An all-season culture of cabins ‘up north’

Follow Crystal Lake Road to Land-o-Lakes, and hang a right at Duck Lake Road until you reach Moon Lake. If you hit Black Bear Road, you’ve gone too far. When directions to a cottage go something like that, you know you’re in for something special.

So special, in fact, that people from Madison and Milwaukee, Wisconsin, and even as far as Chicago, Illinois, will drive four or five hours into Michigan to get there. They come for the giant swath of wilderness covering nearly one million acres in the Upper Peninsula of Michigan called the Ottawa National Forest. On one of the thousands of lakes dotting the region, about 400 km north of his home in Madison, sits the family cabin of Alan Turnquist.

“Our cabin is on Moon Lake, shaped like a crescent moon, spring fed and crystal clear—you can see 10 metres to the bottom,” Alan says. “The greatest thing that the Upper Peninsula of Michigan has going for it are its inland lakes. There are literally a thousand lakes within maybe a 50 or 60 km radius of our cabin.”

Alan’s grandfather bought the land on Moon Lake in the 1950s. It was only a short drive from where he lived with his family and a mere 700 other people in the town of Land-o-Lakes. Taking their time over the course of eight years, Alan’s father and grandfather spent their weekends building the cabin themselves. As a family, Alan recalls going up to the cabin even while it was still under construction. “While building it, we first lived in a tent, then a pop-up camper and then eventually moved into the cabin while work was still being done on it.” The labour of love continues to evolve as his parents, who have recently retired there full time, add more space and modern amenities, such as a gas furnace, albeit rarely used.

For most of Alan’s life, the cabin “up north” was his family retreat and the “one place where we all wanted to be.” Sharing the one bedroom and loft that served as a second bedroom, Alan’s parents, brother, cousins and friends would huddle in front of the woodstove in the winter and gather around the outdoor fire ring in the summer. With rustic wood beams, the cabin mixes an earthy, organic vibe with minimalist simplicity.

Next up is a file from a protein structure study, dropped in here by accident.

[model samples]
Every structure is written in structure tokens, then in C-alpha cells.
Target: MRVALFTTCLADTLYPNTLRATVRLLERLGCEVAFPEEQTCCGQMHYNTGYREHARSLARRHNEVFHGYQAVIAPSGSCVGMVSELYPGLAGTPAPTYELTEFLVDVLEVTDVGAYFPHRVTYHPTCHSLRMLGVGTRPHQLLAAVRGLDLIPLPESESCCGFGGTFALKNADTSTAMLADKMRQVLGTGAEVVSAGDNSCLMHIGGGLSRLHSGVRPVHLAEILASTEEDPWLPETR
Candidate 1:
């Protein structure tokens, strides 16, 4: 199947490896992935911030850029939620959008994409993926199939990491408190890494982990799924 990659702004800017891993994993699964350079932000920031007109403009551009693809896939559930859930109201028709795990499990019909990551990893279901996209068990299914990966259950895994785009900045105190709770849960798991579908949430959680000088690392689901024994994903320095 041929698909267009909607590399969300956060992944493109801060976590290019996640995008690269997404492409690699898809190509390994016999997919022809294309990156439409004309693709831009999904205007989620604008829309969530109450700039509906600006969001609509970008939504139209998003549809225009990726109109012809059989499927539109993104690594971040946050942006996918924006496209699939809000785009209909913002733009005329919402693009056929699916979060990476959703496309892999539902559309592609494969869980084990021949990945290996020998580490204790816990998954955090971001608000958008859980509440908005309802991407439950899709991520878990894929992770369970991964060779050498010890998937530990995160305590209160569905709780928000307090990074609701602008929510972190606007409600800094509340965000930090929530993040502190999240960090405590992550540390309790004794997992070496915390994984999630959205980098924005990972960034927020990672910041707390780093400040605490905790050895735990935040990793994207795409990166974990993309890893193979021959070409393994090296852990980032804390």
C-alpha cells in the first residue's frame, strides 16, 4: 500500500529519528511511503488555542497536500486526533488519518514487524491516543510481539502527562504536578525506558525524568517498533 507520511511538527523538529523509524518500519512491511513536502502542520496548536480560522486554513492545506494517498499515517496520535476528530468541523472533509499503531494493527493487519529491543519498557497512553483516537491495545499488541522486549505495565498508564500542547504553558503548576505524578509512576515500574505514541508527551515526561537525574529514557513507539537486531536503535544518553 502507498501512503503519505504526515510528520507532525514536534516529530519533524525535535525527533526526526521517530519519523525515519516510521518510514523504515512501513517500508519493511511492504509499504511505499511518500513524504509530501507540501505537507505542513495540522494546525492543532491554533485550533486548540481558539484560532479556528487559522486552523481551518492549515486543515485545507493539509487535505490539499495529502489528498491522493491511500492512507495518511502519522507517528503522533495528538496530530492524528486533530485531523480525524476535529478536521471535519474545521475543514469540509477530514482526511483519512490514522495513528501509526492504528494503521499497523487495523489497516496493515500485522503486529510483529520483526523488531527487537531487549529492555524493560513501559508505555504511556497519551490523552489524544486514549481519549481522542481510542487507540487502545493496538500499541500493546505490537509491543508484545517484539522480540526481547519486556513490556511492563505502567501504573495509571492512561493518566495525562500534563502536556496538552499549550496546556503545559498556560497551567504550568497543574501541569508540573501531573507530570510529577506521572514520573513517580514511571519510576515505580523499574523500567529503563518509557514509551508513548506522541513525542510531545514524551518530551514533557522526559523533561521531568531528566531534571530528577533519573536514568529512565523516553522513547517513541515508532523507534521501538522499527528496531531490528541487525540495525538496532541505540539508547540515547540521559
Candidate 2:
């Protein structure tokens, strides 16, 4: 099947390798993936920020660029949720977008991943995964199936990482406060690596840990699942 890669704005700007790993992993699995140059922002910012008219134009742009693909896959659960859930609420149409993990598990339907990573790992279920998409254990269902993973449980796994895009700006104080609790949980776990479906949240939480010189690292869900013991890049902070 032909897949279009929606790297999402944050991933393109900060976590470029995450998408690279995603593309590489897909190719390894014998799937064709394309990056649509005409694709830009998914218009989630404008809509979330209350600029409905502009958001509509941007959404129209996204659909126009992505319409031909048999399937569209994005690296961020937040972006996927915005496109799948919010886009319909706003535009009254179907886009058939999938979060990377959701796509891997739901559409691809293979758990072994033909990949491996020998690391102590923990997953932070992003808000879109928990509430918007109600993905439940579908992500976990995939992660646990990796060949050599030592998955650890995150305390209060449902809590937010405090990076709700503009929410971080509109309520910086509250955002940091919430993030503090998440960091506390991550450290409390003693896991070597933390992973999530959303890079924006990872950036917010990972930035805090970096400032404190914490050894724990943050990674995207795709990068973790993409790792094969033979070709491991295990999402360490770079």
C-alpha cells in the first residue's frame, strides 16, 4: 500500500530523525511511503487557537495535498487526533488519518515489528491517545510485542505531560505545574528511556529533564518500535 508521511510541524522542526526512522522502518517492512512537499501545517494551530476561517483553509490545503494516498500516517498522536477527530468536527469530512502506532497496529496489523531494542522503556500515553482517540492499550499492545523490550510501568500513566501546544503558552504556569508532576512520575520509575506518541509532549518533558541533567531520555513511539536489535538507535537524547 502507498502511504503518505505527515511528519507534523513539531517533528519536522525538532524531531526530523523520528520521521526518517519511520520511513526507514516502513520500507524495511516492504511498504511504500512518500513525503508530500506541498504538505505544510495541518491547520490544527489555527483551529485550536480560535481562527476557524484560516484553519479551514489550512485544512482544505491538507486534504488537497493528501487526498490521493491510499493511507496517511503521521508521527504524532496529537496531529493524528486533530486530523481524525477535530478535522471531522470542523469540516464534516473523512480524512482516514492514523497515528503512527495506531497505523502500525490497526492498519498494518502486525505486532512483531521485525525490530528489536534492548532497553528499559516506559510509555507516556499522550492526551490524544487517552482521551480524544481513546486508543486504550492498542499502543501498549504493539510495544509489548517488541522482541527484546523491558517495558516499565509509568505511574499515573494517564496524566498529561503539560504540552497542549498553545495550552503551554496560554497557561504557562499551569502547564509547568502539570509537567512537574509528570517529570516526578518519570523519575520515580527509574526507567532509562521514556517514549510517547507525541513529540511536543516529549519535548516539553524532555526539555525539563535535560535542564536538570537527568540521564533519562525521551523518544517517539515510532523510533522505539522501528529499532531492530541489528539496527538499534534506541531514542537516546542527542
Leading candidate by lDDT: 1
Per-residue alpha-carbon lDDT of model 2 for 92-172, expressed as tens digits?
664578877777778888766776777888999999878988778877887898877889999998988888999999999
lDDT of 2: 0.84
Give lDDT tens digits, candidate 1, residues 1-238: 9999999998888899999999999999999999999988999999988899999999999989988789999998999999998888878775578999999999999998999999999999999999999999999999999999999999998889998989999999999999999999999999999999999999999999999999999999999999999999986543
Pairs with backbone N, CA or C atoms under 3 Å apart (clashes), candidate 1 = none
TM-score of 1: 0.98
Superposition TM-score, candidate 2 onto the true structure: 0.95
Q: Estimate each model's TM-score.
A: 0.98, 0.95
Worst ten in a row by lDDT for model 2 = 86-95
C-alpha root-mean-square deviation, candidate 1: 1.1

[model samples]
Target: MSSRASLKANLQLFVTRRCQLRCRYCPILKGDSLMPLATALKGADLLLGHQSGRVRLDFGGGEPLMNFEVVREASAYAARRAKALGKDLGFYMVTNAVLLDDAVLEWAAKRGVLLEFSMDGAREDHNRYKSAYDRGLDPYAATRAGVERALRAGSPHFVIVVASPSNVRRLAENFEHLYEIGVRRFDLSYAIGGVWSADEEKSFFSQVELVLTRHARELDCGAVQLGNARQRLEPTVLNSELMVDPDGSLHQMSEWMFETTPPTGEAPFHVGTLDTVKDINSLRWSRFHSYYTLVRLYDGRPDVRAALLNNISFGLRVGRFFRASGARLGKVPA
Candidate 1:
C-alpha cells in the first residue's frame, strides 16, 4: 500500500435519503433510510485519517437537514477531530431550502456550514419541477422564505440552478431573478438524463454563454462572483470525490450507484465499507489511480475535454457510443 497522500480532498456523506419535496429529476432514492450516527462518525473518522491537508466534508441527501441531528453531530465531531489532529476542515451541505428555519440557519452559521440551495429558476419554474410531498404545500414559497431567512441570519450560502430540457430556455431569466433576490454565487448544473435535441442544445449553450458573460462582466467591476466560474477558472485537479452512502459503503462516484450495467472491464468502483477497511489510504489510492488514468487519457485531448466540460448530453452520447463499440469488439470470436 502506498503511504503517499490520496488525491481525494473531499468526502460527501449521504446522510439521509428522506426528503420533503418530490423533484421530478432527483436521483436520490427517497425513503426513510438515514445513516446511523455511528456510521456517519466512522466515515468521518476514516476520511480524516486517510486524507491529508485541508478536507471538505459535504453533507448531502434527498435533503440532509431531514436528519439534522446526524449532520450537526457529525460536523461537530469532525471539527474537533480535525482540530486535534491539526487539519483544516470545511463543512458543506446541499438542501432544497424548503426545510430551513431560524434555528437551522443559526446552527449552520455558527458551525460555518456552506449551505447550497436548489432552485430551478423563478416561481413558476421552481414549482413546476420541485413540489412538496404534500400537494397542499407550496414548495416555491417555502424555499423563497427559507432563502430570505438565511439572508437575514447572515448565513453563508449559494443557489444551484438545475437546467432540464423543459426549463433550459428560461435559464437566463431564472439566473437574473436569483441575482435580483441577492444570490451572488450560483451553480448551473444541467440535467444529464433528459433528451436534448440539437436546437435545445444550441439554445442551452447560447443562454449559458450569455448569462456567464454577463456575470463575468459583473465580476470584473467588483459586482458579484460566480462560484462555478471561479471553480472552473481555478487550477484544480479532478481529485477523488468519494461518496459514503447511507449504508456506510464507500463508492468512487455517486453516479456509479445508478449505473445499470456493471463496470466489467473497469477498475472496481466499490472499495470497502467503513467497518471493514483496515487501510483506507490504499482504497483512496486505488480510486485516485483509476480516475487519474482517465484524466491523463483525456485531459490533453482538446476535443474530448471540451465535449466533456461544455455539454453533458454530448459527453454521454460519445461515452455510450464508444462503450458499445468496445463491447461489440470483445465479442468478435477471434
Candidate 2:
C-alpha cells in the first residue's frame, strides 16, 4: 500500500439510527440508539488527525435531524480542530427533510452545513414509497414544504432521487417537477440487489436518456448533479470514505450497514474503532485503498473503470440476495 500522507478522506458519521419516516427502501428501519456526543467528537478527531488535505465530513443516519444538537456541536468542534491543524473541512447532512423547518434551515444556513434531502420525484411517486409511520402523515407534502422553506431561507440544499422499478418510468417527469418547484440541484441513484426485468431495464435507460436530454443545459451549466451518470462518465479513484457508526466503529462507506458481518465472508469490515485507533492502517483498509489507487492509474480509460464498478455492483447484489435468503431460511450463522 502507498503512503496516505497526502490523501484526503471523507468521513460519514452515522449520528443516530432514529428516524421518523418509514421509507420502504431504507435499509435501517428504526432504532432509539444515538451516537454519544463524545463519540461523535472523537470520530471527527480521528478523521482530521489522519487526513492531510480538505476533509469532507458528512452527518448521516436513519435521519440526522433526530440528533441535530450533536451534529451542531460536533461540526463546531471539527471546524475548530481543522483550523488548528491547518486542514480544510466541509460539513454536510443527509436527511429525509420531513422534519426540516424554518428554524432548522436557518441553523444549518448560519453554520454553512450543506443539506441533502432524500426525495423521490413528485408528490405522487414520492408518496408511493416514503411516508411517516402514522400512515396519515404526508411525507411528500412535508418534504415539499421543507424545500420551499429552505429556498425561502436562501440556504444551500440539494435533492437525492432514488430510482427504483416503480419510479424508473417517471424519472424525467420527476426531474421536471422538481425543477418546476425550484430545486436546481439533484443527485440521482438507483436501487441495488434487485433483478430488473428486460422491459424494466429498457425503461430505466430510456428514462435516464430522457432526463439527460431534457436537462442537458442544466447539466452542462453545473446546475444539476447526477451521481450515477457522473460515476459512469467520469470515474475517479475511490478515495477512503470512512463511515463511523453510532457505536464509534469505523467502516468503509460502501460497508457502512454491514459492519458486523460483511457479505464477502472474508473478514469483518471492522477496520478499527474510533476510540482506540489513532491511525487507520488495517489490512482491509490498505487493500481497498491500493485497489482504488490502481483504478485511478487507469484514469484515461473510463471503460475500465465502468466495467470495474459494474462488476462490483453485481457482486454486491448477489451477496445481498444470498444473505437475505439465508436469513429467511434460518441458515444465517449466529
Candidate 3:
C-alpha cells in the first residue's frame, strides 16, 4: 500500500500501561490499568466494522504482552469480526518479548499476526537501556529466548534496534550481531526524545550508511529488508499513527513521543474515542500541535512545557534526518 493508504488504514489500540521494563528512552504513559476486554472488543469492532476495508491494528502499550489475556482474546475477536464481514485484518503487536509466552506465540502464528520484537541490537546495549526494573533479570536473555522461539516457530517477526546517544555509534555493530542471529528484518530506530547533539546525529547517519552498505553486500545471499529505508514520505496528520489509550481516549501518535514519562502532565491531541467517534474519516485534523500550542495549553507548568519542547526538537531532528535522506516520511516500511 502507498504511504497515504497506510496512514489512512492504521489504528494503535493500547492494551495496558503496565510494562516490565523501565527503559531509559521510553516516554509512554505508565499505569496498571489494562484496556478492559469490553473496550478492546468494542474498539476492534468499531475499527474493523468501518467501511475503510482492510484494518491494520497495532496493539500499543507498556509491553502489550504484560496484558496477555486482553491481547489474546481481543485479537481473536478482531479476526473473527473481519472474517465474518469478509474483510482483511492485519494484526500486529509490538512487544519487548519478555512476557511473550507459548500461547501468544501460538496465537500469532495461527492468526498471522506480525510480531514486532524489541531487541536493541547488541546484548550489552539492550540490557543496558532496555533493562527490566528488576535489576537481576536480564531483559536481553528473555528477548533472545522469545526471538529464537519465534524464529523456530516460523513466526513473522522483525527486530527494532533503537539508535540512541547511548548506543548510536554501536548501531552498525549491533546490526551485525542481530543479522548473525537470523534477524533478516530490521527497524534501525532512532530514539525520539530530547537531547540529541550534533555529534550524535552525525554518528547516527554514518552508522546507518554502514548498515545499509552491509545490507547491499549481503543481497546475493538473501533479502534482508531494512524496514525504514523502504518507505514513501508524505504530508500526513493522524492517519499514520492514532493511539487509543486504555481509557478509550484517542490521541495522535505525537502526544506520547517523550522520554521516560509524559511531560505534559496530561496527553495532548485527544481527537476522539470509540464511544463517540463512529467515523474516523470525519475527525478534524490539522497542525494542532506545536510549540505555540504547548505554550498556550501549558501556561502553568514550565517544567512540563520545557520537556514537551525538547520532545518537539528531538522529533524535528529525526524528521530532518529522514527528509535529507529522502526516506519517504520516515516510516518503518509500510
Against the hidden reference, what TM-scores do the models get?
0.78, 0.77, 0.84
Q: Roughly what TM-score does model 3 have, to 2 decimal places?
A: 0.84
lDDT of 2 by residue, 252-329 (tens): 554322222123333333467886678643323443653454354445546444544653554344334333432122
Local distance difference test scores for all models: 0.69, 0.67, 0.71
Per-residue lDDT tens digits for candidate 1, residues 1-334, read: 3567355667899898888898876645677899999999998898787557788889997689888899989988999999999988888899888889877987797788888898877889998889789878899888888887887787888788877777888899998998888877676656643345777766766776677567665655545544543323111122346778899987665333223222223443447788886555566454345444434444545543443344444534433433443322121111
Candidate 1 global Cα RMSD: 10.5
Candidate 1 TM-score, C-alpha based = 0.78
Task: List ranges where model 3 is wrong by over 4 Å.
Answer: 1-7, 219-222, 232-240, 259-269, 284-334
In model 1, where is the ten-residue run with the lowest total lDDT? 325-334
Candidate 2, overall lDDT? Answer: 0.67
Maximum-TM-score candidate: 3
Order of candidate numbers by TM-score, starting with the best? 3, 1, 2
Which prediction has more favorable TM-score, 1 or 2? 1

But the main draw to the cabin is what’s on offer outside. National forest and small wilderness areas with mature white and red pine, oak, maple, and birch surround the cabin. “We’re on the fringe a bit further away from things,” Alan tells me. “It’s still pretty wild up there compared to places like Eagle River.” Sparsely populated with public access to nearly everywhere, the area offers something for every season.

In late November, Alan’s family and many others flock to the Upper Peninsula of Michigan for deer hunting season followed by many meals of grilled venison. Rolling into the winter, Alan says, “We ski every day; step out the back door, put skis or snowshoes on and just go.” In fact, to access his cabin in the winter Alan has no choice but to snowshoe or ski, as the roads don’t get plowed.

Heaps of snow and miles of frozen lake allow for full days of cross country skiing or snowshoeing into national forests and wilderness areas, such as the Sylvania Wilderness Area adjacent to Alan’s cabin. “Snowmobiling is a huge part of the winter there, with the World Snowmobile Championship Derby just 20 miles south of my cabin.” And if you don’t fancy exerting yourself, there’s always ice fishing, although Alan’s family isn’t quite “dedicated enough to fish in the winter.” Before Christmas nearly every year, Alan and his family have ventured into the woods together in search of the perfect Christmas tree.

As the ground thaws and days grow longer, the snowmobile trails become popular for biking and ATVs and ice fishing augers are swapped with canoe paddles. The lakes come alive. “Boating is huge because of the thousands of lakes,” Alan says. “You can spend all day paddling through the chains of lakes connected by streams and rivers.” Recreational sport fishing is another big cultural drive that brings families from Wisconsin and Michigan to the lakes. You can lure a pan fish or large mouth bass, but the real prize is the enormous Muskie, which can grow as large as 1.5 m in length and 25 kg.

It’s become customary for families to bike along the trails to visit various lakes, ending the day at an ice cream stand. Rustic bars and grills draw

crowds for their Friday night fish fry. “We find it hard to not have cocktails and grills on the deck every night,” Alan says. After an evening of casting from the canoe, Alan and his family have their nightly ritual of lighting a fire and converging around the outdoor fire ring with beers in hand.

It’s common for families to have a little cabin or piece of land “up north,” and the appeal of lakes, forest and sparse population inspires the city folk to drive the distance to get there. “The cabin is a really important part of my life and I think that’s the case for a lot of people,” Alan adds. “The laidback lifestyle—it’s an important part of the culture in Wisconsin and even in Illinois. If you don’t have a cabin, you know someone who does.”

When asked to choose which season at the cabin he prefers, Alan doesn’t hesitate: “I have to say winter because it’s so quiet. Being able to ski out into the woods and stop and hear the snow falling—that’s the only noise you hear. It softens everything and makes it feel more intimate. If I had one day left to spend up there, I’d definitely say take me up there in February during snow flurries.”

All photos by Alan Turnquist